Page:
A Wild Ride

Texas Internet stocks are on a roller coaster these days. They’re not for the faint of heart—and they may not be for the stout of heart, either

Maybe we should call them “the ninety-niners”: the millions of people who, like the forty-niners of another era, are panning for riches, only this time by buying and selling Internet-related stocks. “There’s a mania going on,” says I. Craig Hester, the CEO of Hester Capital Management in Austin. “There’s a huge appetite in the investing public for companies associated with the Internet.”

That mania, a kind of gold-rush fever, has been one of the biggest business stories lately, raising the eyebrows of everyone from Doonesbury’s Garry Trudeau to Federal Reserve Board chairman Alan Greenspan, who has compared the spikes and dips of Internet stocks to a lottery. The Fed chief has also warned senior citizens to stay away from these stocks because of the risk, and he isn’t the only one counseling caution. “You need ice water in your veins,” says Art Bonnel, who manages the Bonnel Growth Fund for U.S. Global Investors in San Antonio.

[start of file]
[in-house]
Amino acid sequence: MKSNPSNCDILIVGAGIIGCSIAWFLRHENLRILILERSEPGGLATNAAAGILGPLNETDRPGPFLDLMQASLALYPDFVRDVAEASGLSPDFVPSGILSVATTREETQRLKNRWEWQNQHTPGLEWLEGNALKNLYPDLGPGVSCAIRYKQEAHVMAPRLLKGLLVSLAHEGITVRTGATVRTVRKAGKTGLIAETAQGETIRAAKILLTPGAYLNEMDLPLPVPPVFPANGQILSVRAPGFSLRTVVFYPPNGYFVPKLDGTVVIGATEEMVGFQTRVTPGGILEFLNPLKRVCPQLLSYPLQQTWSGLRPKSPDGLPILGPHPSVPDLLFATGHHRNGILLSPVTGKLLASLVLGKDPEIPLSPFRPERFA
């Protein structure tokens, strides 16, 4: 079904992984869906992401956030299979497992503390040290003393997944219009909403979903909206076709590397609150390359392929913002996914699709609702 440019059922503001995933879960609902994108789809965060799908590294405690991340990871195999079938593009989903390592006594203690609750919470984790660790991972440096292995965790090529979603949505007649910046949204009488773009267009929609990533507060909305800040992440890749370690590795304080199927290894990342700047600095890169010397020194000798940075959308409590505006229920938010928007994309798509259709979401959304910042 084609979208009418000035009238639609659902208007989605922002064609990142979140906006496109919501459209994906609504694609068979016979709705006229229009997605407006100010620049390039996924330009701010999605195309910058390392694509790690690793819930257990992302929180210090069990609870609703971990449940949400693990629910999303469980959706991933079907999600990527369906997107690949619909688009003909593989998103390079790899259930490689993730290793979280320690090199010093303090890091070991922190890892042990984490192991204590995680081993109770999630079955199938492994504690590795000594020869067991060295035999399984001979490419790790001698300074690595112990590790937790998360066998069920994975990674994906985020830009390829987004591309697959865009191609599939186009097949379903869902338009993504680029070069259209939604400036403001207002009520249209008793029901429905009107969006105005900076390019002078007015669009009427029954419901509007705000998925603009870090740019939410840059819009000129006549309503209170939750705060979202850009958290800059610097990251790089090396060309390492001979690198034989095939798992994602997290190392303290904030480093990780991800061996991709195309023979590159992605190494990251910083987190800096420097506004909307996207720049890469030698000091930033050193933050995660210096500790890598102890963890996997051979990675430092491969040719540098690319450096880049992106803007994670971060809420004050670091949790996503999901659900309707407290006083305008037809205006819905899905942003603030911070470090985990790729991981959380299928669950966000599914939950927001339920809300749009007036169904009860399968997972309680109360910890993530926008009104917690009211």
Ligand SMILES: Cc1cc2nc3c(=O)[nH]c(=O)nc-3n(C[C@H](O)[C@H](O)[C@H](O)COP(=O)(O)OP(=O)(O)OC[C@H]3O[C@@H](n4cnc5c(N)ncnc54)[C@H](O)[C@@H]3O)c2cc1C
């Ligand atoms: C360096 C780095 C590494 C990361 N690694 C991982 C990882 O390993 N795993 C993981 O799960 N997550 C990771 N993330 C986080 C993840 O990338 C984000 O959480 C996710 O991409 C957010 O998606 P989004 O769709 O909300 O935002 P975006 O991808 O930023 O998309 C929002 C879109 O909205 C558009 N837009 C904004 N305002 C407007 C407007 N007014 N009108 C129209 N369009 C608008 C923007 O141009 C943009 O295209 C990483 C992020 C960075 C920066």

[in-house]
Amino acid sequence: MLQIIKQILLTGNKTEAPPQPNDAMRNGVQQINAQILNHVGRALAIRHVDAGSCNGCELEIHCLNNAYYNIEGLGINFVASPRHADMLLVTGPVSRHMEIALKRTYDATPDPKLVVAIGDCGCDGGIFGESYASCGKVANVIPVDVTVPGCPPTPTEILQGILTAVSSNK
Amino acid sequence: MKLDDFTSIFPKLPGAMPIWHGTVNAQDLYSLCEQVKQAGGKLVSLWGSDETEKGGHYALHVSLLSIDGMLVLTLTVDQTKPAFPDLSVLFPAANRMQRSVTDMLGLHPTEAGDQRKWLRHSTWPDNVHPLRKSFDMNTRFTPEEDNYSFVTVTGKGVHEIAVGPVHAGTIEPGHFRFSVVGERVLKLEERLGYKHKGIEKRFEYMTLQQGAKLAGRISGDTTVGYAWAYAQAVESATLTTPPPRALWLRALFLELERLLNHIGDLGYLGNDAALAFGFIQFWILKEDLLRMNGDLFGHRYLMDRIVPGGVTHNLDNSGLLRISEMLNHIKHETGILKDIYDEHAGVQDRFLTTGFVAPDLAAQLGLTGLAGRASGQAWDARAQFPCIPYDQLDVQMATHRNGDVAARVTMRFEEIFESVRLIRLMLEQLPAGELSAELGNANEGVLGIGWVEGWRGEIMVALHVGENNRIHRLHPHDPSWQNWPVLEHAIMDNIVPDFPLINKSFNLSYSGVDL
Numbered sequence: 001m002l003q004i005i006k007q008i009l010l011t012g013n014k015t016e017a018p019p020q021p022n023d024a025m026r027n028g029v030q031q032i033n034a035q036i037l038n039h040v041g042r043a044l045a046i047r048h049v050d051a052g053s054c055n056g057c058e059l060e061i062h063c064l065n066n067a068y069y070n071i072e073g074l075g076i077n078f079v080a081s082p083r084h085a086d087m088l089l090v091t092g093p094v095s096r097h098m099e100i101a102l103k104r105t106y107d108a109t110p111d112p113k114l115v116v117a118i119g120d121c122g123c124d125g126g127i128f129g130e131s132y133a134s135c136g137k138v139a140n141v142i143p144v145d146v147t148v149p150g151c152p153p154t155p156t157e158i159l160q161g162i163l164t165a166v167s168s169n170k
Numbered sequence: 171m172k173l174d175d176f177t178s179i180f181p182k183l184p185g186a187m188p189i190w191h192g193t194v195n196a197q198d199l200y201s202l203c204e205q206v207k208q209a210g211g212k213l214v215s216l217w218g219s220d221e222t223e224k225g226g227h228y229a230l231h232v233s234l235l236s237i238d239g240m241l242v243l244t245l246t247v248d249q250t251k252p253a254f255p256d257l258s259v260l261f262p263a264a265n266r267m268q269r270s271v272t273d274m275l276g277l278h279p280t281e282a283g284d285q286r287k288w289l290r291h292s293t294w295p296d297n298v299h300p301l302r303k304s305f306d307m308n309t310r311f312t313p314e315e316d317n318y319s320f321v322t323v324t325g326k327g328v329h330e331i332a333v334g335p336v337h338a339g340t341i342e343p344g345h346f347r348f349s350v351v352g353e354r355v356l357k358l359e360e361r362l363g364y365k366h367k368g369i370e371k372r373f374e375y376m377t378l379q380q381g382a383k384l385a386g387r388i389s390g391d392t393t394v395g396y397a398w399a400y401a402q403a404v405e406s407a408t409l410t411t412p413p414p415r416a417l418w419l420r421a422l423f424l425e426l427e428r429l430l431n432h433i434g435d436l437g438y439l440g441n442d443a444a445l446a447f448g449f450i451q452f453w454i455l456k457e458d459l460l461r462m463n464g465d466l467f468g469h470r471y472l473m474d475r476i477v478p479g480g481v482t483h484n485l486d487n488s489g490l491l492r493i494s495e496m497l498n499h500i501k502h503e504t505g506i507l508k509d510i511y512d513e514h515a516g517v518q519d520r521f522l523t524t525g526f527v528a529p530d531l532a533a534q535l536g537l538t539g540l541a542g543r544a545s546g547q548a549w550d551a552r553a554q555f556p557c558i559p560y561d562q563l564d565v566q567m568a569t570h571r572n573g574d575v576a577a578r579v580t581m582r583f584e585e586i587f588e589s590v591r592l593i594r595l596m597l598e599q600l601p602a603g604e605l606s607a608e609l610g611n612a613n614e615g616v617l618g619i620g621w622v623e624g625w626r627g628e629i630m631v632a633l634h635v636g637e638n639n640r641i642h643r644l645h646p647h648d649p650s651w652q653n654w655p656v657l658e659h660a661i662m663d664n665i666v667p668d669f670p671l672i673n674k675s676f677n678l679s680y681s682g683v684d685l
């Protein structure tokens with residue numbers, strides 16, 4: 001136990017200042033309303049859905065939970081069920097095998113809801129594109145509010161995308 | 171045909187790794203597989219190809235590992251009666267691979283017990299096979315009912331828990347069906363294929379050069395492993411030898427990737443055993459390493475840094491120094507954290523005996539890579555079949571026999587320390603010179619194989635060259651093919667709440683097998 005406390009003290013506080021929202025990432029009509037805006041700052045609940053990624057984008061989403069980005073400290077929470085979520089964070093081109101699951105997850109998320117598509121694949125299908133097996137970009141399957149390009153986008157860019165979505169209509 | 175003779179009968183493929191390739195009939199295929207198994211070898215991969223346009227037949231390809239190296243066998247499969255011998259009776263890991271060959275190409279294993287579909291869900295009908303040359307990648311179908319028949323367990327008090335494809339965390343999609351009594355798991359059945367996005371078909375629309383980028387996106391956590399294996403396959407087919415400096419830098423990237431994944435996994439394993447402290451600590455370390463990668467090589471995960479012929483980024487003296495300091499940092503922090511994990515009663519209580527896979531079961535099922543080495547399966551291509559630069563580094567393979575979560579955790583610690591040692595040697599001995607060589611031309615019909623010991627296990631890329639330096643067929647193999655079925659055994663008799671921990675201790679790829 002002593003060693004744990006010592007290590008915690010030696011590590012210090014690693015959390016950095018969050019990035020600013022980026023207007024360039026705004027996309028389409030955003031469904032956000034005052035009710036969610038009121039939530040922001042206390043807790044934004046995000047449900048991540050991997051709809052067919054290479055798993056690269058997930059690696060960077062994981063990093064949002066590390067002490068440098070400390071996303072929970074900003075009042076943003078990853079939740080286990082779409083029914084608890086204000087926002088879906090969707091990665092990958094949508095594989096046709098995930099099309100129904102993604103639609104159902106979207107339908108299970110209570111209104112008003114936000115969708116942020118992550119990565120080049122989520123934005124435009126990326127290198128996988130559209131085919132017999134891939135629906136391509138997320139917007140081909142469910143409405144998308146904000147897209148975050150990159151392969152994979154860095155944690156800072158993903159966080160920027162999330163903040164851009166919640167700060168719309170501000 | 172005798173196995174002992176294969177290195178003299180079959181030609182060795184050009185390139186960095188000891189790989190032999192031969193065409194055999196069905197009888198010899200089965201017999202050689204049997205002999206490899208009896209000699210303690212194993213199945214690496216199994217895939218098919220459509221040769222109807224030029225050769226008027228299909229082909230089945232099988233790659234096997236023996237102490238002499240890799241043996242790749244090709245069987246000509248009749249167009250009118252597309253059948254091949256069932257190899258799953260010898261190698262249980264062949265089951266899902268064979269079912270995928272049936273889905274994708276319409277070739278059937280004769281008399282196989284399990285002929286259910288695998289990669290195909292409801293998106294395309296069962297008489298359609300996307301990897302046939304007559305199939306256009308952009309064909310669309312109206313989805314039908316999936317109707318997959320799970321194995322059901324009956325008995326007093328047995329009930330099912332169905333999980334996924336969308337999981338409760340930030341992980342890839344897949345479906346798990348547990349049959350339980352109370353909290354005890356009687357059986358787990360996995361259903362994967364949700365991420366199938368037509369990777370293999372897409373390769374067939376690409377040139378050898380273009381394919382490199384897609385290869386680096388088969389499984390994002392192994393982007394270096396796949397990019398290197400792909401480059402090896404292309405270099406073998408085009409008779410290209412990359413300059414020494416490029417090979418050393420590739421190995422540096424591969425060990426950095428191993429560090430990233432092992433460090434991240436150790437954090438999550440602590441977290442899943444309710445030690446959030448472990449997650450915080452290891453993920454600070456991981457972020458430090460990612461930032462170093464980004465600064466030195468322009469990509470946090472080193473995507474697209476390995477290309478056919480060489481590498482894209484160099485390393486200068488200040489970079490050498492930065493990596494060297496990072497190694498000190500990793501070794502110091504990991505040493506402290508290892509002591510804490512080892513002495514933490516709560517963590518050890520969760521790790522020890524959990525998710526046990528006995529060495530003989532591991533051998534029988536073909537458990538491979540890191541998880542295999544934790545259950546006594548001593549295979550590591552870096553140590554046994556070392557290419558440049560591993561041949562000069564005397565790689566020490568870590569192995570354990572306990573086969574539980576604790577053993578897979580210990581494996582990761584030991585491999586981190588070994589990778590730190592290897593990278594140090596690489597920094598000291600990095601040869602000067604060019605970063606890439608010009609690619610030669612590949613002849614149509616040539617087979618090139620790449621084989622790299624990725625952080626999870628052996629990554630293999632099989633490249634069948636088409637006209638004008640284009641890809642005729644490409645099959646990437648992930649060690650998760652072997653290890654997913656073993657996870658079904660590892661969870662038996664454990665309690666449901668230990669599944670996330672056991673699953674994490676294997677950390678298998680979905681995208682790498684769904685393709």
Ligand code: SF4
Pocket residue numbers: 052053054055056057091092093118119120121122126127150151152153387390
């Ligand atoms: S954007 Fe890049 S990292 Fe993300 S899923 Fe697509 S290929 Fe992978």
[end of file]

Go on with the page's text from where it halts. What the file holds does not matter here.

It’s certainly true that some investors in a few of the hottest Internet stocks have doubled, tripled, or even quadrupled their money in an astonishingly short time—at least on paper—while others

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